“It is very essential and critical for the NCAA to be autonomous. It should not be autonomous on paper. The NCAA should be able to call the minister’s bluff and tell him, sorry on some issues based on its Act. A fully autonomous NCAA can perform its functions without interference even from the presidency. It is only then that the industry will be stronger and be more respected. An aspect of the Act should say that In case of political interference and anything happens, the minister will be held liable. It should be there by law. Once this is done, it will be absolutely impossible for the minister to interfere because he knows once he does that, it is a criminal offence and can be held liable.”
Equally, a director at the Centre for International Advanced and Professional Studies (CIAPS), Professor Anthony Kila has described NCAA as a critical agency in the sector, hence, should be empowered to discharge its duties without interference.
Kila while making case for a new NCAA that is customer-centric, flexible and the one that works in harmony with airlines and other organisations in the sector, declared: “For the economic regulation, the essence of this is to make sure that customers are not stranded, no matter who runs the
airlines. The reason they should be sound economically and safe technically
is to make sure our sky is safe.
“Therefore, a good economic regulation should not be the one that will make life unnecessarily difficult, but work with them to ensure that it is sustained. That means you have to look at the cost of insurance for airlines, regime of paying for landing and parking for airlines.
“Overall, the new NCAA should be passenger-centric. If anyone can understand that the reason they are on that table to discuss, deliberate and consult is purely to make life easier, safer and more reliable for the passengers. That is the way we can get there.”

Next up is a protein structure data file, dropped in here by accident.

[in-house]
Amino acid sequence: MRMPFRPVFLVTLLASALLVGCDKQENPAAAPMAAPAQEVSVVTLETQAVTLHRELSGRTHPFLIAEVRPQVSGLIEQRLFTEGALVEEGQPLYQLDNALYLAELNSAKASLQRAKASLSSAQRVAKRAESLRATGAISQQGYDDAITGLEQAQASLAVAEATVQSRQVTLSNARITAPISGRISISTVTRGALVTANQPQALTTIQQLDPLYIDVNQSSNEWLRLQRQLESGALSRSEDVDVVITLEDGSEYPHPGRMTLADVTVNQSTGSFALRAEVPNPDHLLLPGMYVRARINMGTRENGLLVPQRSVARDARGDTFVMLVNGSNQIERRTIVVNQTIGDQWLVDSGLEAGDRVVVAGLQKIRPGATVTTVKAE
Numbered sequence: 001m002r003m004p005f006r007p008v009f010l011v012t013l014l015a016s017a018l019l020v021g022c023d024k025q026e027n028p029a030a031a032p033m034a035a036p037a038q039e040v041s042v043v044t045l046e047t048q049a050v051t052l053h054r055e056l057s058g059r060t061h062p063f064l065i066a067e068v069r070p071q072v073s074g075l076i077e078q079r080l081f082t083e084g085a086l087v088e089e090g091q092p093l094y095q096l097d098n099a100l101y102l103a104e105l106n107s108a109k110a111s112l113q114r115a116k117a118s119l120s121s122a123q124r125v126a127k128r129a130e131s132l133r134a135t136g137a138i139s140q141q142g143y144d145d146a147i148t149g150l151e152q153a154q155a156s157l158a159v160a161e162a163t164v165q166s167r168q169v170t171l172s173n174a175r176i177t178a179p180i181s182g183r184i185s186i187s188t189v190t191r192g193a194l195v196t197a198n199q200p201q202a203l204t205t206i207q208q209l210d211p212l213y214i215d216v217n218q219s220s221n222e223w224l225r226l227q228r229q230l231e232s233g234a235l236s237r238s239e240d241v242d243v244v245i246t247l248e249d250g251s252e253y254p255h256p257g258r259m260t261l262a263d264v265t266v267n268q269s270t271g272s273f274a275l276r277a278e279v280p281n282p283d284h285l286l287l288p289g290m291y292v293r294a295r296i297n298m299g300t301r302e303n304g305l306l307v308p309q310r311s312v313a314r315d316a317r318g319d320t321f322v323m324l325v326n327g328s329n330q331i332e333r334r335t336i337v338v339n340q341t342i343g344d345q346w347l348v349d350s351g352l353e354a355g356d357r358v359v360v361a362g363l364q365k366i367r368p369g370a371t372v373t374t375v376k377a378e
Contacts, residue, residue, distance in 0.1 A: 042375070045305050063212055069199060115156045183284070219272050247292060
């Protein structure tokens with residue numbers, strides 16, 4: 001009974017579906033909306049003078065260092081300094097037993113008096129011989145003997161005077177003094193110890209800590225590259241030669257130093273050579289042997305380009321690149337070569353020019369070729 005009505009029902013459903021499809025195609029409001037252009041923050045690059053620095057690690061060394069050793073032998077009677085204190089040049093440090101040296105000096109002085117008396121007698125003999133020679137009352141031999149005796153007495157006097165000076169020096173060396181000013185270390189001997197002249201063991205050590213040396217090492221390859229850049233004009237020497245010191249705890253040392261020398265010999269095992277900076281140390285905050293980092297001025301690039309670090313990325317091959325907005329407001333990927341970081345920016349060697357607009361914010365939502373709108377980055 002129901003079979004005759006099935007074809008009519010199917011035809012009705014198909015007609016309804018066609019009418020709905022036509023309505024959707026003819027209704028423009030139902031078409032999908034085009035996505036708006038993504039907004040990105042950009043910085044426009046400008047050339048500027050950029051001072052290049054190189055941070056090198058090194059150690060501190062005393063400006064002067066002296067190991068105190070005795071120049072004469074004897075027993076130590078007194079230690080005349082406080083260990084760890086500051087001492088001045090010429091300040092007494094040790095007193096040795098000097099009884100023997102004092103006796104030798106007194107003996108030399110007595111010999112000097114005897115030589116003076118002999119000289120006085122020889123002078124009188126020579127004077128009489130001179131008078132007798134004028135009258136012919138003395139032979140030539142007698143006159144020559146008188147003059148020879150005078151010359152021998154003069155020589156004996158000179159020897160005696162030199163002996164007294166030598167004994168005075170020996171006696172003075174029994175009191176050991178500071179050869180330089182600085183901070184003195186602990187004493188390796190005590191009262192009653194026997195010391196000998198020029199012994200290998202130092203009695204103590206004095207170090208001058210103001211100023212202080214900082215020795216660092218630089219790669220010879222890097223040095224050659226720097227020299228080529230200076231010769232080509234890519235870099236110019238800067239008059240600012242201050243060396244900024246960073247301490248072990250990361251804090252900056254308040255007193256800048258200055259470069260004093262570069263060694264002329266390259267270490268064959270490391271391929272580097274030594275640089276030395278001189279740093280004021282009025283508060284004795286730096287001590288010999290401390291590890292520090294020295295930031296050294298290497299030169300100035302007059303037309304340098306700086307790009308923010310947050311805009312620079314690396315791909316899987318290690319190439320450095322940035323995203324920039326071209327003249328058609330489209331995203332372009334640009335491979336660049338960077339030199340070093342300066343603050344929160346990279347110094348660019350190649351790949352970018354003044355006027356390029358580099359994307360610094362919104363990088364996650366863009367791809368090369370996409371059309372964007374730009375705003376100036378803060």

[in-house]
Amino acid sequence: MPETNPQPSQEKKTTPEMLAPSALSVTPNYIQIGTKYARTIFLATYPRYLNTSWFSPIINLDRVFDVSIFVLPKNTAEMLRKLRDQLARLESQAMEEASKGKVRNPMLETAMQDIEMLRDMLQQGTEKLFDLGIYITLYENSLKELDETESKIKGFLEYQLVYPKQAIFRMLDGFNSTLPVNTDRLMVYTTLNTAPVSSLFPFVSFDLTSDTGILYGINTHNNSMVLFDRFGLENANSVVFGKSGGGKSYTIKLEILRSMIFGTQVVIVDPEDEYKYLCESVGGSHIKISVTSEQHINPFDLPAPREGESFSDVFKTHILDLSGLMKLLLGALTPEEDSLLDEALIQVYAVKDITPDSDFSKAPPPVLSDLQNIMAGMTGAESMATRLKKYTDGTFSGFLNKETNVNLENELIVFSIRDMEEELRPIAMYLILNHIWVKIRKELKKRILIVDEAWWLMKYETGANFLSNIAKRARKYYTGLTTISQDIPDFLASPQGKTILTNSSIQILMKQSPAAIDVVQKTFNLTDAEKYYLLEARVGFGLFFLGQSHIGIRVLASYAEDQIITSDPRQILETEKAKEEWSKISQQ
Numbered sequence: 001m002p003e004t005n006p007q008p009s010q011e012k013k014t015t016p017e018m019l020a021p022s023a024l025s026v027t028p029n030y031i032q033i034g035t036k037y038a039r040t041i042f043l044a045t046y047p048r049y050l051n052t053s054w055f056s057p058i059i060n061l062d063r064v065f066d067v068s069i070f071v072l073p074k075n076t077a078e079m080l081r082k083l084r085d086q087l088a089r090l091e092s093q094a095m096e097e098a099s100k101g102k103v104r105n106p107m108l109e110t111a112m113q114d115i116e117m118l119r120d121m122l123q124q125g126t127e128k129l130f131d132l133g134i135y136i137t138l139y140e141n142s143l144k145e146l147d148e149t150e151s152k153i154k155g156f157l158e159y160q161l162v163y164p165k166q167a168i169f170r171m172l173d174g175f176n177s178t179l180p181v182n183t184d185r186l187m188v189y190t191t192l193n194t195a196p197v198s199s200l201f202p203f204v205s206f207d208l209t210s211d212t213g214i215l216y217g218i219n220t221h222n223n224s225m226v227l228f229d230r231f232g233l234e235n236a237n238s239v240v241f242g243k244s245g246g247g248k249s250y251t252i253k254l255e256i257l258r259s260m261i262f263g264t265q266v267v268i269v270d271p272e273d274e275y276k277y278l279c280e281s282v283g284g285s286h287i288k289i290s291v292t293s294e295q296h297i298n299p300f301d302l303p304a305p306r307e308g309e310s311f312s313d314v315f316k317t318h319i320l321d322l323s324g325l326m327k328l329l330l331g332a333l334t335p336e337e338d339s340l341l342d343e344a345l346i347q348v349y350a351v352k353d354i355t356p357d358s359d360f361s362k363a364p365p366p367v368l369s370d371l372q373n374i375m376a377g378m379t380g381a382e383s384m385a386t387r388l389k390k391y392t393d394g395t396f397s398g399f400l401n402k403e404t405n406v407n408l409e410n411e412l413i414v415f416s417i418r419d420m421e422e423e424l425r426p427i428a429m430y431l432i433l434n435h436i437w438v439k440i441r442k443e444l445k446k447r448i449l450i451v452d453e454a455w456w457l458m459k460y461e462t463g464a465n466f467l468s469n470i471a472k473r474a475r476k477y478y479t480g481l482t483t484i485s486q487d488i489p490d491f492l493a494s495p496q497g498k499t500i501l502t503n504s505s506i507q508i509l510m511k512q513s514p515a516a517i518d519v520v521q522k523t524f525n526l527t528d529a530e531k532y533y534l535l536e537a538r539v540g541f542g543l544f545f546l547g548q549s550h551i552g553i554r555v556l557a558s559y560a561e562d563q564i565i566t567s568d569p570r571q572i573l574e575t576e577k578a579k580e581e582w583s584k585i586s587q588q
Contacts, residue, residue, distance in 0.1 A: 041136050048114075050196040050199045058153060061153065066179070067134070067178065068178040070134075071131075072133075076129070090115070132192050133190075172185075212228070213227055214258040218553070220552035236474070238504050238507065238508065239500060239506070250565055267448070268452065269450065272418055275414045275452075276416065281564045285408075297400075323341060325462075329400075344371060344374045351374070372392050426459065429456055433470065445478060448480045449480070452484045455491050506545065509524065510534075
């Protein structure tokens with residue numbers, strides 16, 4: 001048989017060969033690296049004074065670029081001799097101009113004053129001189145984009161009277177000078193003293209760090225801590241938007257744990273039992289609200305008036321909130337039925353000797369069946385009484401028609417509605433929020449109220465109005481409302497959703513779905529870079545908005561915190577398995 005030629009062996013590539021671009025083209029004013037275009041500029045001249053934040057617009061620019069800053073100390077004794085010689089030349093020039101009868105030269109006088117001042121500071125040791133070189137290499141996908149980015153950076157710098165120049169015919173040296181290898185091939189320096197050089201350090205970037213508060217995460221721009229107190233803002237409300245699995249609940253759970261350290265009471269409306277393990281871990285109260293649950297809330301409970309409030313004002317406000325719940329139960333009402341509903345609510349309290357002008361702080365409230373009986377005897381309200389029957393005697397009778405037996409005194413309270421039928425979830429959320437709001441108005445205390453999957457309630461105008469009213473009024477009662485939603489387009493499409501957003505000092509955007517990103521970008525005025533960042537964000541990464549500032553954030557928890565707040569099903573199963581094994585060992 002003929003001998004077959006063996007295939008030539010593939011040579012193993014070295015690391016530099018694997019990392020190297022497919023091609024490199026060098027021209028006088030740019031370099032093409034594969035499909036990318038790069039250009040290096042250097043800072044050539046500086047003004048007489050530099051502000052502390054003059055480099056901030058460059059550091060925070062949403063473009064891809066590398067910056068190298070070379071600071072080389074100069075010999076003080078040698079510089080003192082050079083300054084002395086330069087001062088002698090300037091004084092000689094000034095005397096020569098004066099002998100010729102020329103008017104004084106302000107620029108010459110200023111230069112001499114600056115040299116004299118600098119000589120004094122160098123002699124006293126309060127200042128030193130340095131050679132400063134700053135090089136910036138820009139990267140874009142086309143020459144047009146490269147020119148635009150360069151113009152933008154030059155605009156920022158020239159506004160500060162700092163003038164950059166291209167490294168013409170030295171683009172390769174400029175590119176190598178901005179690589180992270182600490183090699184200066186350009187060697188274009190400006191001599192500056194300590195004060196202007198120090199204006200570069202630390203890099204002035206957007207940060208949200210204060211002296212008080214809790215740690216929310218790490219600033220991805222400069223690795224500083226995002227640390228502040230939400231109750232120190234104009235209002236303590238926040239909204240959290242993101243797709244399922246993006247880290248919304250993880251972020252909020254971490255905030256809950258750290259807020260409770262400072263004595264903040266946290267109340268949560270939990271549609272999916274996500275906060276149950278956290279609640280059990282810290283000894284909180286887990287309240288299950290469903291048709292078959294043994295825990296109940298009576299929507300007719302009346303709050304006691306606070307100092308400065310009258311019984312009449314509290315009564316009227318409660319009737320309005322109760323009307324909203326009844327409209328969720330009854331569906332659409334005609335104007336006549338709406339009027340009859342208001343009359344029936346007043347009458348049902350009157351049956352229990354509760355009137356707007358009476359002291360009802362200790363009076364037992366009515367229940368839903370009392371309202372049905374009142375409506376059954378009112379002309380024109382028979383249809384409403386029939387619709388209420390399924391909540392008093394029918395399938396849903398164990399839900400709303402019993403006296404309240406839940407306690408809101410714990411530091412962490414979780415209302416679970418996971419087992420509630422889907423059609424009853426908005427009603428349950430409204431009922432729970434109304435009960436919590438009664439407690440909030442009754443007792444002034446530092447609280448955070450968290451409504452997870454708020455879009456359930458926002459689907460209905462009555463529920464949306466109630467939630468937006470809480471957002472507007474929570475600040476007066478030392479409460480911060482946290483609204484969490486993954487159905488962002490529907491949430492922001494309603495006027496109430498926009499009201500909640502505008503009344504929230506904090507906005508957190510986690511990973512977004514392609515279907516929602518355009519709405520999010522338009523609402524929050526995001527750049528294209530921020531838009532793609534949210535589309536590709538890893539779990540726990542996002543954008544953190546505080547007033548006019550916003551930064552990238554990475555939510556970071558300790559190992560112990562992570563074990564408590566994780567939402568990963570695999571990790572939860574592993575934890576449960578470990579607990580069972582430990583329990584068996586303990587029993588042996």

Like Ogochukwu, Kila canvassed the retention of the five per cent TSC/CSC for the agency and others in the sector, stressing that they required revenues to sustain safety in the system.
YOU SHOULD NOT MISS THESE HEADLINES FROM NIGERIAN TRIBUNE
Last week’s record of seven COVID-19 deaths is Nigeria’s lowest in five months, Tribune Online analysis shows.
According to data sourced from the Nigeria Centre for Disease Control (NCDC), the last time Nigeria recorded fewer weekly deaths was the nine deaths recorded between April 12 and 18.
Against the mounting agitation for the restructuring of the country, President Muhammadu Buhari has said that he is not moved and vowed not to succumb to pressure.
A statement emanating from the office of presidential spokesman…
In response to concerns and complaints by Nigerian youths on the issue of unprofessional conducts by some Special Anti-robbery Squad (SARS) operatives of the Nigeria Police Force (NPF), the force has invited Nigerian singer and rapper, Azeez Fasola, popularly known as Naira Marley, to a live interview session with its Public Relations officer on Instagram.
DESPITE court restriction, the total shutdown of government offices and all business activities is imminent as the industrial strike and a nationwide protest declared by the organised labour over the increase in the prices of fuel and electricity tariff commences early Monday morning.